Hyperbaric oxygen treatment (HBOT) is the most efficient method of transporting oxygen to cells throughout the body. This increased level of accessible oxygen provides numerous benefits, making HBOT an exceptionally effective treatment for a wide range of health conditions.
How Does Hyperbaric Oxygen Treatment Work?
When you breathe oxygen at normal atmospheric pressure, it is transported on the hemoglobin in your red blood cells. Under pressure, however, oxygen dissolves in the plasma, cerebrospinal fluid in the brain and spinal cord, lymph and other body fluids. It is therefore easily delivered to all tissues, and even areas with limited blood flow receive the tremendous healing benefits of oxygen.
Hyperbaric oxygen treatment also curbs infection by providing a hostile environment to anaerobic bacteria, which thrive in the absence of oxygen. It promotes the growth of new capillaries and blood vessels to areas with poor circulation and boosts collagen formation for faster wound healing.
Another benefit of HBOT is rejuvenation of stem cells. Studies show that after just one hyperbaric oxygen treatment, concentrations of circulating stem cells doubled, and after a full course, there was an eight-fold increase.
What Is a Typical Treatment Session of Hyperbaric Oxygen Treatment Like?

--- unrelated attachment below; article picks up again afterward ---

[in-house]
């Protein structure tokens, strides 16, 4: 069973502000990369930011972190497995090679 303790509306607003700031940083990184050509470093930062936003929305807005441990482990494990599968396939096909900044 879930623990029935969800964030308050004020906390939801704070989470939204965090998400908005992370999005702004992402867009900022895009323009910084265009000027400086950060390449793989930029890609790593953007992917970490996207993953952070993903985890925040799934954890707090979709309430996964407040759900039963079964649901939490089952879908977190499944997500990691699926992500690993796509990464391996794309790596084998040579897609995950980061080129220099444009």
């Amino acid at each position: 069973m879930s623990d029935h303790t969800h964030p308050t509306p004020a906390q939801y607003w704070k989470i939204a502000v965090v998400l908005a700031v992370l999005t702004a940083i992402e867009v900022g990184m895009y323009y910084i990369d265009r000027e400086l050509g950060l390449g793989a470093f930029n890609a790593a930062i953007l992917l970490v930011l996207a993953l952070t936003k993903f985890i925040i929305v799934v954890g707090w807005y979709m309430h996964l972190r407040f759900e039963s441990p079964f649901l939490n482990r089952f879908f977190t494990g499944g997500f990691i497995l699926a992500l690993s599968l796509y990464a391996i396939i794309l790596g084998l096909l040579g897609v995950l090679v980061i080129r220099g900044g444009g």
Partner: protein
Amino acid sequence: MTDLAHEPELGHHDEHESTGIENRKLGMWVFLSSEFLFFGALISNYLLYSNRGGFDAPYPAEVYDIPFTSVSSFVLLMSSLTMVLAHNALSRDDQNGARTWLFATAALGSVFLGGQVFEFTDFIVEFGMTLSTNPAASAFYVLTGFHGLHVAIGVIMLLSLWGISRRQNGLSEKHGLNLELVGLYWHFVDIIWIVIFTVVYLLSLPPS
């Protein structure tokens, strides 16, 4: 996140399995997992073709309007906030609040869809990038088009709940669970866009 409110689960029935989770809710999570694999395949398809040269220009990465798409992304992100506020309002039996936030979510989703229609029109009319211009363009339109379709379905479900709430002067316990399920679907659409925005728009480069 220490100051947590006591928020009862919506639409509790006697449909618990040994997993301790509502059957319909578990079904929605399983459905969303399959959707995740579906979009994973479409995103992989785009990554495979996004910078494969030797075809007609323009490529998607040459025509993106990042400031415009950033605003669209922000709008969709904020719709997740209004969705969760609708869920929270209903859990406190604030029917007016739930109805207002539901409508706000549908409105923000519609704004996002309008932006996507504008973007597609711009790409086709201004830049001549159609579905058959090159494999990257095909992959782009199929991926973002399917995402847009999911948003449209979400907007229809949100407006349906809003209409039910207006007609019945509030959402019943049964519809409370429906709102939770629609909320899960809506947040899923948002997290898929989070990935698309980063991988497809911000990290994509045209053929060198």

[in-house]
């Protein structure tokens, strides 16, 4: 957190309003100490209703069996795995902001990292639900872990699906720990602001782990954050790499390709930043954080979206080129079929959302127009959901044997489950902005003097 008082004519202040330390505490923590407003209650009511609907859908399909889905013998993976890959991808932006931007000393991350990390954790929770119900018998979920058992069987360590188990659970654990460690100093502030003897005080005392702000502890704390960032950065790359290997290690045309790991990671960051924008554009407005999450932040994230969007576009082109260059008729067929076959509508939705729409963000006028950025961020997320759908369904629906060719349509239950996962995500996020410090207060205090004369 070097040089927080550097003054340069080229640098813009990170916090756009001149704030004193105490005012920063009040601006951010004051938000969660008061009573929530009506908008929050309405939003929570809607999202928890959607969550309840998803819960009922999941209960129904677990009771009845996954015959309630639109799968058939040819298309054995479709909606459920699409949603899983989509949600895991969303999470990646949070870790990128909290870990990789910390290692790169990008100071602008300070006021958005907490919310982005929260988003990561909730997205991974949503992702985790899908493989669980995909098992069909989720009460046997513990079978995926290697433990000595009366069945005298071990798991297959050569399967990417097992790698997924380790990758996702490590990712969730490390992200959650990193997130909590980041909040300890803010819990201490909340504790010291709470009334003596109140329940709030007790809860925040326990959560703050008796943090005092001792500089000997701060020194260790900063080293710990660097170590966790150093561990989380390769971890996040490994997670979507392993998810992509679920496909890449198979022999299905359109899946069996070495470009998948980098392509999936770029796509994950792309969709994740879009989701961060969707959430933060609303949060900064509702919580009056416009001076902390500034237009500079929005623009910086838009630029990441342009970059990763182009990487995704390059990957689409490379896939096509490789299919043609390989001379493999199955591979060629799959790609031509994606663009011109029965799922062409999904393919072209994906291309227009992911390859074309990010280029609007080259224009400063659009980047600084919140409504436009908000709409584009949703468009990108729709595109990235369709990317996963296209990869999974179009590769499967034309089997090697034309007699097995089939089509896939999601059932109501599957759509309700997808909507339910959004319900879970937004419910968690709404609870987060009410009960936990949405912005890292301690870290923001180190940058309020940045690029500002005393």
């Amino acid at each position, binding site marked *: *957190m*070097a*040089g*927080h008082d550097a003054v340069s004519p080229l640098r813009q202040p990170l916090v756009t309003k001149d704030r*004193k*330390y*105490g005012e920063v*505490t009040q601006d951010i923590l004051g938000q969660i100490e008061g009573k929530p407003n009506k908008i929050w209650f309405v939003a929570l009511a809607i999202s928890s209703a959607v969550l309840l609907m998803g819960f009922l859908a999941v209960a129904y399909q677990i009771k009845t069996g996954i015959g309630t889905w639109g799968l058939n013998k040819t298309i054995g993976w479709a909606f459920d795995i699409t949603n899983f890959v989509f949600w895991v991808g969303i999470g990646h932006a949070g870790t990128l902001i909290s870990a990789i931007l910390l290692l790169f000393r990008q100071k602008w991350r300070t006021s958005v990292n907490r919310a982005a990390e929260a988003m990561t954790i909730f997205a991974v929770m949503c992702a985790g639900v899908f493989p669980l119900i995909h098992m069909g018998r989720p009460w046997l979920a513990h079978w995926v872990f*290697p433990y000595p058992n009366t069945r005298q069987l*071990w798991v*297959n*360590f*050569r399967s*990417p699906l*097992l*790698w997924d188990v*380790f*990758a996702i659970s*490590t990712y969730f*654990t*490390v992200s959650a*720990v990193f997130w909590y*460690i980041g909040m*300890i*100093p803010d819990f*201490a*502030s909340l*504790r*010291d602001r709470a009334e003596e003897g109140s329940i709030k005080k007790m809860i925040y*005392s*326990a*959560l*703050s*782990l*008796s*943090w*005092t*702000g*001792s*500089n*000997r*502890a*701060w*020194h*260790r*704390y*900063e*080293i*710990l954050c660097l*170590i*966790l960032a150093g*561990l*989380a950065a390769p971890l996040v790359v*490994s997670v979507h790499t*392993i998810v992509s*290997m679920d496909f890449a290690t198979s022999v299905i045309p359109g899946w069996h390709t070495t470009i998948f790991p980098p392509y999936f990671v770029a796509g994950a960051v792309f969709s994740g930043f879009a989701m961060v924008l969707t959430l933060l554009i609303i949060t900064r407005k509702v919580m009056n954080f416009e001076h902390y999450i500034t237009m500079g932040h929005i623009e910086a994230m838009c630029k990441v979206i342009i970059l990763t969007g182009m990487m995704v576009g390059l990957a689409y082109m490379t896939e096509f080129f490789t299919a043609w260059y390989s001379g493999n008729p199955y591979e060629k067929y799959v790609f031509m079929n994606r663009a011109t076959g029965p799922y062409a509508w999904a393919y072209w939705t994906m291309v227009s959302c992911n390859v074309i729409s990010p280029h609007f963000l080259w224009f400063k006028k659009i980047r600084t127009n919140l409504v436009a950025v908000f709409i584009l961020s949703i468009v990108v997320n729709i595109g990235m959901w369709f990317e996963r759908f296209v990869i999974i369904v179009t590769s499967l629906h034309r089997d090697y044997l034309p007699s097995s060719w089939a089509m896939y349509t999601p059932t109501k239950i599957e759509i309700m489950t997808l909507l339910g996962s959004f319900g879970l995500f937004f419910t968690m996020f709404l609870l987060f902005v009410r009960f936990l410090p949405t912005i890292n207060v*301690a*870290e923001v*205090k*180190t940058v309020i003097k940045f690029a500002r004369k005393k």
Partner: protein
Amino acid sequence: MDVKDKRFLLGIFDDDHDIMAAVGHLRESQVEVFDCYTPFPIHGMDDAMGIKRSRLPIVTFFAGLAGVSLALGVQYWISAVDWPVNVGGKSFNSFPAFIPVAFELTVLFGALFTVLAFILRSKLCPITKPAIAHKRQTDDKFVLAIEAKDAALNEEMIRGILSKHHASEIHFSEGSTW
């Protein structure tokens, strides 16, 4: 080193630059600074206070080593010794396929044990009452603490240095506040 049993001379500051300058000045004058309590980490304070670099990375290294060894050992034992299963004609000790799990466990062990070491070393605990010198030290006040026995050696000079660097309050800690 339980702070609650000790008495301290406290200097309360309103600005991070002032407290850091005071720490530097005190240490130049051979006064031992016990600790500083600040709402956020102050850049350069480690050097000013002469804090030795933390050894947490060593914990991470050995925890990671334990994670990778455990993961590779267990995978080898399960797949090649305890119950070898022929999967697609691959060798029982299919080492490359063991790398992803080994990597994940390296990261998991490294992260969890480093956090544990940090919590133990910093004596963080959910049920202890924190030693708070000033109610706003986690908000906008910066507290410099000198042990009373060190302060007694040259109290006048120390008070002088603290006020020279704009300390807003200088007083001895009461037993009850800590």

During a hyperbaric oxygen treatment session, you sit or recline comfortably in a pressurized chamber while breathing 100 percent oxygen through a mask. You can listen to music, read, watch a movie or simply relax.
As the chamber is pressurized, you may notice increased pressure in your ears—a feeling similar to that of a flight landing—but there is no other discomfort. When the hyperbaric oxygen treatment session ends, the pressure slowly returns to normal.
A typical hyperbaric oxygen treatment session lasts 45 minutes to two hours. Treatments are repeated, depending on the condition, anywhere from five to 40 times.
What Conditions Is Hyperbaric Oxygen Treatment Good For?
- Bacterial infections of the skin
- Carbon monoxide poisoning
- Decompression sickness (“the bends”)
- Diabetic ulcers and other complications
- Head and spinal cord injuries
- Multiple sclerosis and other autoimmune diseases
- Musculoskeletal injuries
- Neurodegenerative disorders
- Nonhealing wounds
- Parkinson’s disease
- Post-surgical healing
- Spider bites
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